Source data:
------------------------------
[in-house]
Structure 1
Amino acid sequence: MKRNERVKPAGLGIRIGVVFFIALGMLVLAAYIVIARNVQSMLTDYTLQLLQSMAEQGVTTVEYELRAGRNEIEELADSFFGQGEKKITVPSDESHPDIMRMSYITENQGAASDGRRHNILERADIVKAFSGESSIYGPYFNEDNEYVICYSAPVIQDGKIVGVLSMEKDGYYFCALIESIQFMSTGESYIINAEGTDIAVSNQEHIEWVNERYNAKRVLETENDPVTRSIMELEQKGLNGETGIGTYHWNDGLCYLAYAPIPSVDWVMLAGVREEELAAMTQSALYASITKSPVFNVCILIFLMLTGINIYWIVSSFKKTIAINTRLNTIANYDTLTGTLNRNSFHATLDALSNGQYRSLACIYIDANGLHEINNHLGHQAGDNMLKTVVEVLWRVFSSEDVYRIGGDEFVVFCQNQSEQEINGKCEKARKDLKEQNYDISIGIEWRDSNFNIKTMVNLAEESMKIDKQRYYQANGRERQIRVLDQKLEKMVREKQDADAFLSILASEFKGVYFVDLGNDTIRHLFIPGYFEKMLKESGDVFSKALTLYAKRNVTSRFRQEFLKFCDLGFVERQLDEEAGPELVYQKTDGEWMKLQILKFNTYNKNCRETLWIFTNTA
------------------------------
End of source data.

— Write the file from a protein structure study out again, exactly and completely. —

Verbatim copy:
[in-house]
Structure 1
Amino acid sequence: MKRNERVKPAGLGIRIGVVFFIALGMLVLAAYIVIARNVQSMLTDYTLQLLQSMAEQGVTTVEYELRAGRNEIEELADSFFGQGEKKITVPSDESHPDIMRMSYITENQGAASDGRRHNILERADIVKAFSGESSIYGPYFNEDNEYVICYSAPVIQDGKIVGVLSMEKDGYYFCALIESIQFMSTGESYIINAEGTDIAVSNQEHIEWVNERYNAKRVLETENDPVTRSIMELEQKGLNGETGIGTYHWNDGLCYLAYAPIPSVDWVMLAGVREEELAAMTQSALYASITKSPVFNVCILIFLMLTGINIYWIVSSFKKTIAINTRLNTIANYDTLTGTLNRNSFHATLDALSNGQYRSLACIYIDANGLHEINNHLGHQAGDNMLKTVVEVLWRVFSSEDVYRIGGDEFVVFCQNQSEQEINGKCEKARKDLKEQNYDISIGIEWRDSNFNIKTMVNLAEESMKIDKQRYYQANGRERQIRVLDQKLEKMVREKQDADAFLSILASEFKGVYFVDLGNDTIRHLFIPGYFEKMLKESGDVFSKALTLYAKRNVTSRFRQEFLKFCDLGFVERQLDEEAGPELVYQKTDGEWMKLQILKFNTYNKNCRETLWIFTNTA